Afghan Sikhs

After school graduation in 2010, one of many wishes, Weki and Raj, two Afghan Sikh siblings, had was to attend university and get higher education. But their dreams never turned into reality in Afghanistan, a country where Sikh community is discriminated by majority of hardcore Muslims.

Currently, not even a single Afghan Sikh is found in the entire universities of the country. Even majority of Afghan Sikhs cannot complete high school as they feel discriminated in public schools and public space.  

The reason why Afghan Sikh cannot continue getting higher education looks complicated. Discrimination, financial burden, suicide bombing targeting the community, and insecurity are often counted as reasons that stopped them of getting higher education. Even those Sikhs who can afford to go to private schools and universities, are subject to discrimination and ill-treatment.     

Kartar Singh, a 57-year-old Afghan Sikh, who is born and raised in Kabul, said that financial hardship forced him to give up school and work to support his family. “I completed seventh grade.”  

Poverty among Sikh and Hindu community is widespread. Mostly over-populated Sikh families rely on their teenage sons and daughters who work in the street to make sure there is enough food on the table for family. 

Weki and Raj finished high school. After graduation, they found themselves forced to work and support their 8-membered family. But even a small number of Sikh and Hindu families that can afford to pay their daughters and sons attend schools are subject to ill-treatment in public places like schools and universities. 

“When I was at school, my classmates used to tease me,” Weki recalled memories of his primary school. “They used to call me potato, and eggplant.”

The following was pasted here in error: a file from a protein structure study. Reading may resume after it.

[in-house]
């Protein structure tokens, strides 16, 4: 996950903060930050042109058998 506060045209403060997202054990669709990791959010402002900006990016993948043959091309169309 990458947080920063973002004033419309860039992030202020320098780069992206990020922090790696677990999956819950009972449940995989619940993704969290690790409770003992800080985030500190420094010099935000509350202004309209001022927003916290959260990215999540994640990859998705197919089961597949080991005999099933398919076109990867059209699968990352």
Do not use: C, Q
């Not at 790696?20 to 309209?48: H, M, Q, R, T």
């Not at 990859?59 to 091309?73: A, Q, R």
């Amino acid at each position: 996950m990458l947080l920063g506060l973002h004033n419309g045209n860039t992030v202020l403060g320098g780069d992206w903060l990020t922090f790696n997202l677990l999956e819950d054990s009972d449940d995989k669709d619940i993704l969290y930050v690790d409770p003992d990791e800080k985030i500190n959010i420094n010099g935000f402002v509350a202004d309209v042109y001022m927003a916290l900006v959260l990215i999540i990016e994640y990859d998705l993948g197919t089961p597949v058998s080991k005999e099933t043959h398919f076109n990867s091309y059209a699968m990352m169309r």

Kartar Singh, father of six sons, described the first day of his oldest son in university in tears. Singh was walking with his son to university when a by-passer attacked his son who fell down on the ground. “I asked why, and then a group of 10-people gathered and shouted at us, calling us infields,” said Mr. Singh. “That was the first, and last of day of him going to university.”

Afghanistan was not always the worst place for Sikhs and Hindus. 40 years ago, the Sikh and Hindu community used to live in peace and harmony with their Muslim fellows. The Sikhs used to occupy key positions in the government administrations and run major projects in the country. 

Kartar Singh recalled a golden era when Sikhs and Hindus were occupying top government posts. Under King Zahir Shah, Devin Narinjan served as finance minister of Afghanistan. Several Hindus and Sikhs were serving in hospitals as doctors and nurses under the reign of Dr. Najib.  

The civil war forced thousands of educated Sikhs and Hindus to flee the country. The entire educated population of Sikh and Hindu community sought asylum, and a small number of them stayed in the country, hoping that situation will get better for them. 

The remaining educated Sikh and Hindu were wiped out by a suicide bomber in eastern Jalalabad city, the provincial capital of Afghanistan’s Nangarhar province. In July 2018, a suicide bomber detonated his explosive, claiming lives of 19 Afghan Sikhs. 

The suicide bombing wiped out the entire educated community of Sikh and Hindu, including Awtar Singh Khalsa, a civil activist and the only Sikh candidate running for 2018 parliamentary election.

Following the attack, the Sikh and Hindu community looked for another candidate. They initially tried to find a candidate with a university degree but in vain. 

Finally, they chose Narander Singh, Awtar Singh’s son, to represent them in the Afghan parliament. It is sad to say that Mr. Singh, who represents his community in the parliament, can neither read nor write.

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